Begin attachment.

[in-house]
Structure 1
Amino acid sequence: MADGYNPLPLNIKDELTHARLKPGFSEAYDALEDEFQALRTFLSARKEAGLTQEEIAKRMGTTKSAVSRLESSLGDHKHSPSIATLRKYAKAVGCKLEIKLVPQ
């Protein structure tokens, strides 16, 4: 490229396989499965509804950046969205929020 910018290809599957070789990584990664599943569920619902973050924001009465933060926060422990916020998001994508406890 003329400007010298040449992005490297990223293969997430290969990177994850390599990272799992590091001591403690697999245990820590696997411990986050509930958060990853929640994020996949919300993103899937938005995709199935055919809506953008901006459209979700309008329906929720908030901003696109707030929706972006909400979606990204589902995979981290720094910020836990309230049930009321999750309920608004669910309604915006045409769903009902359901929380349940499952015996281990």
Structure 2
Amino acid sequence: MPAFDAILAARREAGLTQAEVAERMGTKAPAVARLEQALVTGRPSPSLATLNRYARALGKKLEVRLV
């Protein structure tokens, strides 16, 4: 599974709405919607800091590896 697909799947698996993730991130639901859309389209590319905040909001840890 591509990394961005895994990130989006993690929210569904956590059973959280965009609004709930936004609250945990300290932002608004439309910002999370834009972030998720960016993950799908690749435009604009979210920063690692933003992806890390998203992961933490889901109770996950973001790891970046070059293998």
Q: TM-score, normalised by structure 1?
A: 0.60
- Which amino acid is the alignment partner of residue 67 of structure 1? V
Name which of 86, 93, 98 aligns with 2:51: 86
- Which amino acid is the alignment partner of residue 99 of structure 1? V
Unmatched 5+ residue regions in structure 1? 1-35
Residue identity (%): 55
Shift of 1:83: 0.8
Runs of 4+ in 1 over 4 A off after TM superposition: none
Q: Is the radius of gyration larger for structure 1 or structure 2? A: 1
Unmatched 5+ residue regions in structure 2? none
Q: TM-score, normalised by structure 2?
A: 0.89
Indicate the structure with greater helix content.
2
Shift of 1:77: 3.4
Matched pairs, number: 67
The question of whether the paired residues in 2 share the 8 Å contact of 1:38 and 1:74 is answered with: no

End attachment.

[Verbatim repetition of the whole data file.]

[in-house]
Structure 1
Amino acid sequence: MADGYNPLPLNIKDELTHARLKPGFSEAYDALEDEFQALRTFLSARKEAGLTQEEIAKRMGTTKSAVSRLESSLGDHKHSPSIATLRKYAKAVGCKLEIKLVPQ
């Protein structure tokens, strides 16, 4: 490229396989499965509804950046969205929020 910018290809599957070789990584990664599943569920619902973050924001009465933060926060422990916020998001994508406890 003329400007010298040449992005490297990223293969997430290969990177994850390599990272799992590091001591403690697999245990820590696997411990986050509930958060990853929640994020996949919300993103899937938005995709199935055919809506953008901006459209979700309008329906929720908030901003696109707030929706972006909400979606990204589902995979981290720094910020836990309230049930009321999750309920608004669910309604915006045409769903009902359901929380349940499952015996281990």
Structure 2
Amino acid sequence: MPAFDAILAARREAGLTQAEVAERMGTKAPAVARLEQALVTGRPSPSLATLNRYARALGKKLEVRLV
């Protein structure tokens, strides 16, 4: 599974709405919607800091590896 697909799947698996993730991130639901859309389209590319905040909001840890 591509990394961005895994990130989006993690929210569904956590059973959280965009609004709930936004609250945990300290932002608004439309910002999370834009972030998720960016993950799908690749435009604009979210920063690692933003992806890390998203992961933490889901109770996950973001790891970046070059293998």
Q: TM-score, normalised by structure 1?
A: 0.60
- Which amino acid is the alignment partner of residue 67 of structure 1? V
Name which of 86, 93, 98 aligns with 2:51: 86
- Which amino acid is the alignment partner of residue 99 of structure 1? V
Unmatched 5+ residue regions in structure 1? 1-35
Residue identity (%): 55
Shift of 1:83: 0.8
Runs of 4+ in 1 over 4 A off after TM superposition: none
Q: Is the radius of gyration larger for structure 1 or structure 2? A: 1
Unmatched 5+ residue regions in structure 2? none
Q: TM-score, normalised by structure 2?
A: 0.89
Indicate the structure with greater helix content.
2
Shift of 1:77: 3.4
Matched pairs, number: 67
The question of whether the paired residues in 2 share the 8 Å contact of 1:38 and 1:74 is answered with: no